Titanics In Tennessee & Missouri, Pirates of the Caribbean, Napoleonland & the Commercialization of History
Today, on the anniversary of the sinking of the Titanic with the loss of 1,514 lives, it would be appropriate for a learned historian at an august university to sit down to ponder the commercialization of history and to consider how our consumer culture turns tragedy into theme parks.
This came to mind from articles about the Titanic of Tennessee, a sort of half-length half scale replica of the ship in the mountains of Pigeon Forge, Tennessee which opened as a “museum attraction” two years ago. (See our previous post, Titanic Museum to Open in Pigeon Forge, Tennessee?) I am not sure exactly what a “museum attraction might be. Fortunately Mary Kellogg-Joslyn, the Titanic Museum Attractions owner explains, “This museum is not a thrill ride or Hollywood style museum. It is an interactive experience that brings in all elements of the famous and tragic Titanic story for families to experience.” One can only hope that bringing in all elements of the experience does not include drowning in the dark in icy water. That would certainly cut down on repeat visitors.
The “Titanic Museum Attraction” in Pigeon Forge,TN is one of two such creations. The other is in Branson, Missouri. According to the Washington Post, some forty descendants of the survivors of the Titanic will be visiting the two museums in Tennessee and Missouri today to commemorate the sinking.
Why are there two Titanic museums in the mountains of Tennessee and the plains of Missouri? Both Pigeon Forge and Branson are resort towns that exist primarily to entertain vacation travelers. The two museum attractions are just another entertainment venue competing for vacationer’s dollars.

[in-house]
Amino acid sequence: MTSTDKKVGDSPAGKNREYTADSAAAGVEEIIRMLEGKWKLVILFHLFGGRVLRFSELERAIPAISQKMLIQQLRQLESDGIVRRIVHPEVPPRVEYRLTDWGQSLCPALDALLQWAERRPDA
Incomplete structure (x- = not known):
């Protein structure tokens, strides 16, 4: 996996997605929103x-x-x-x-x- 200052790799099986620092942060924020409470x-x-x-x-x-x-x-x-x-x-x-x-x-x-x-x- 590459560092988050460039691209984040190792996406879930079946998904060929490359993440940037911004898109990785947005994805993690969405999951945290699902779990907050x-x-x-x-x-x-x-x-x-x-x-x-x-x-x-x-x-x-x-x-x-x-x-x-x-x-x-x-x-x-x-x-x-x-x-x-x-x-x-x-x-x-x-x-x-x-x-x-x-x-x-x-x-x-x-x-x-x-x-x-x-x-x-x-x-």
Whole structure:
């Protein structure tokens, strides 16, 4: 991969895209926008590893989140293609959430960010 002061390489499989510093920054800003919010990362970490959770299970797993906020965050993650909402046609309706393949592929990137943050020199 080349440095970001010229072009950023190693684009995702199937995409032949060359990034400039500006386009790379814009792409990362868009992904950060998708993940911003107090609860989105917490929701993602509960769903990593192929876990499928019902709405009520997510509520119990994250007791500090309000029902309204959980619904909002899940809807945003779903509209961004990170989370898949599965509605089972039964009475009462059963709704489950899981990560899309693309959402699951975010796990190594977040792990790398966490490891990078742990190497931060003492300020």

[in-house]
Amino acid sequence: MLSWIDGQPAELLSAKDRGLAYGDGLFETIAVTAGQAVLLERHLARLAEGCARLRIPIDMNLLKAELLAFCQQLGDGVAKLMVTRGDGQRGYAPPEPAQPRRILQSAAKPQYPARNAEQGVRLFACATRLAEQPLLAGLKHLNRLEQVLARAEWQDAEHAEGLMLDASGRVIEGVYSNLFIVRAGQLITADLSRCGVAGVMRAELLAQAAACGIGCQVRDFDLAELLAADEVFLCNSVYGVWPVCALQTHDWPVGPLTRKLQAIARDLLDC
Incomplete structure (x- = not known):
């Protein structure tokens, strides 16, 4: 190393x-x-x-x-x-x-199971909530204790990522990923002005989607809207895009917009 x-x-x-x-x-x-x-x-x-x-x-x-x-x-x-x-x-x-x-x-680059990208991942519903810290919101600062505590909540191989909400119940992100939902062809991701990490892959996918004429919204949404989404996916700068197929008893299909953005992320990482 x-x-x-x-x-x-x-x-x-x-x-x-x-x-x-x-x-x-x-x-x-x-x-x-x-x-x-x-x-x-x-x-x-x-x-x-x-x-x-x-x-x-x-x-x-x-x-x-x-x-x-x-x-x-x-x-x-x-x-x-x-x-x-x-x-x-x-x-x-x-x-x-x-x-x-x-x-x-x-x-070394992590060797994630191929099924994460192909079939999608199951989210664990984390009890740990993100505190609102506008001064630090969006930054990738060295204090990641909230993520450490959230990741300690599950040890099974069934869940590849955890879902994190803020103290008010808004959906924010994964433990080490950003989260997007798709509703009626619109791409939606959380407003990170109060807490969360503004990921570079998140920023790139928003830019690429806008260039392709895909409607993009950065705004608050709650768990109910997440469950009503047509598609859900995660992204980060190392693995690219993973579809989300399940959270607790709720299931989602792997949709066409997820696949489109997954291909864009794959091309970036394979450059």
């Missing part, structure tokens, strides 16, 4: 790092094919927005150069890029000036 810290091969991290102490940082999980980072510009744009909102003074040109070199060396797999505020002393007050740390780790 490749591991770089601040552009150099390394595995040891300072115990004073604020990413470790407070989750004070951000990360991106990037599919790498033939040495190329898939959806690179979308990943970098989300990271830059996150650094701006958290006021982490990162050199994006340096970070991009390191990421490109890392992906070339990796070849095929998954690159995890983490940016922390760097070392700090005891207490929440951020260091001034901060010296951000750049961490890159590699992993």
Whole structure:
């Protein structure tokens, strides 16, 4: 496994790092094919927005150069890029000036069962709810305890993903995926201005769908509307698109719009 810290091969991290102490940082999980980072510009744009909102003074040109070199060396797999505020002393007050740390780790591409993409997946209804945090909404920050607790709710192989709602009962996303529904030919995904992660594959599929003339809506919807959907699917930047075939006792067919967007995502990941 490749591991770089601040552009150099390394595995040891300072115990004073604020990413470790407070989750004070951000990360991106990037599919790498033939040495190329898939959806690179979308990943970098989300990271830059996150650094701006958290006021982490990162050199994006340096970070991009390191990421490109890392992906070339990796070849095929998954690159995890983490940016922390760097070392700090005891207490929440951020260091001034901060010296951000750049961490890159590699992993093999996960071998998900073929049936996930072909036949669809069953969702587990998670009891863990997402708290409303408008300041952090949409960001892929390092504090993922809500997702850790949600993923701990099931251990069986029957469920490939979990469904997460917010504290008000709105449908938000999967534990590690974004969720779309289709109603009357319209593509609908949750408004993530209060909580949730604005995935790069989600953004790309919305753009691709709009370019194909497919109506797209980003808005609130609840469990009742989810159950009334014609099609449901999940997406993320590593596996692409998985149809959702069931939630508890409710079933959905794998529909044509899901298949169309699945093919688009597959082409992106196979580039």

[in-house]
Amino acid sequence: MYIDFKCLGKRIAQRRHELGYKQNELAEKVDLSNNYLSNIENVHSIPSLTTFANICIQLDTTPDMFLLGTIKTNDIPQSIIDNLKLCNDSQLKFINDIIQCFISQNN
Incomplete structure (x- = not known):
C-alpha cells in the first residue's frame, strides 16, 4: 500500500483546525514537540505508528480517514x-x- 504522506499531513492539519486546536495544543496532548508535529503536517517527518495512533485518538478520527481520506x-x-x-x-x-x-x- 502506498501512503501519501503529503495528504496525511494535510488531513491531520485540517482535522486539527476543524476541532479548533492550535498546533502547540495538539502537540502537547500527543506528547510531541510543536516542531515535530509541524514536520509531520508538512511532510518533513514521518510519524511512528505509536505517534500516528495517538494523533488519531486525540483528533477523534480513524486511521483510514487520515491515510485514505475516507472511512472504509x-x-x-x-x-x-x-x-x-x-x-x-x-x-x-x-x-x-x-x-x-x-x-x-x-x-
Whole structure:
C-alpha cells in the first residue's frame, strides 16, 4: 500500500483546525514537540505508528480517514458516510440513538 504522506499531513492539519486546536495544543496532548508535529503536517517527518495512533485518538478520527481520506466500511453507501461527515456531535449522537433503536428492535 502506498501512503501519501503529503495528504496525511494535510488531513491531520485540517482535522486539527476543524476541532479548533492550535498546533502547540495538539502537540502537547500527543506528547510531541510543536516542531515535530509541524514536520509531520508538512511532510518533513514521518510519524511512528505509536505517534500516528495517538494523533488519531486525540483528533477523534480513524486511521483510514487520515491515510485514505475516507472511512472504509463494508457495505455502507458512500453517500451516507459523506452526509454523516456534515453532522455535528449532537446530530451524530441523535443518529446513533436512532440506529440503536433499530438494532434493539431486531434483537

Pigeon Forge has a population of less than 6,000 people and yet attracts 11 million visitors yearly. In addition to the Titanic Museum, attractions include the Dollywood theme park, the Southern Gospel Museum and Hall of Fame, the Country Tonight Theatre, the Comedy Barn, Wonderworks, the Miracle Theater, Dixie Stampede, Zorb, Flyaway Indoor Skydiving,the National Elvis Museum, and Nascar Speedpark.
Branson’s population is around 10,000 and attracts over 7 million guests. Branson is best known for its music halls featuring country and pop music. Other Branson attractions include the Hollywood Wax Museum, Silver Dollar City, White Water, Waltzing Waters, Mount Pleasant Winery, Stone Hill Winery, Ride The Ducks, Dolly Parton’s Dixie Stampede, The Haunted House and Monster Asylum, Butterfly Palace & Rainforest Adventure, Predator World and Branson Landing.
It is unfair to single out the two Titanic Museum attractions as examples of commercialized history. It seems that, in the eyes of many, their views on piracy are informed by a series of movies based on a Disney theme park ride, Pirates of the Caribbean. Likewise, earlier this year, it was announced that the French are planning to build a ‘Napoleonland’ theme park which will stage daily re-enactments of Battles of Waterloo and Trafalgar. And not quite a decade ago, Disney proposed opening a theme park in Virginia near the sites of Revolutionary War and Civil War battlefields. After complaints from historians and some difficulty in transforming slavery and slaughter into fun-filled theme park rides, Disney shelved the idea.
One can only hope that future generations do not learn their history in theme parks and “museum attractions.” That may be too much to ask.
Thanks to Alaric Bond, Phil Leon and Brian Frizell for contributing to the post.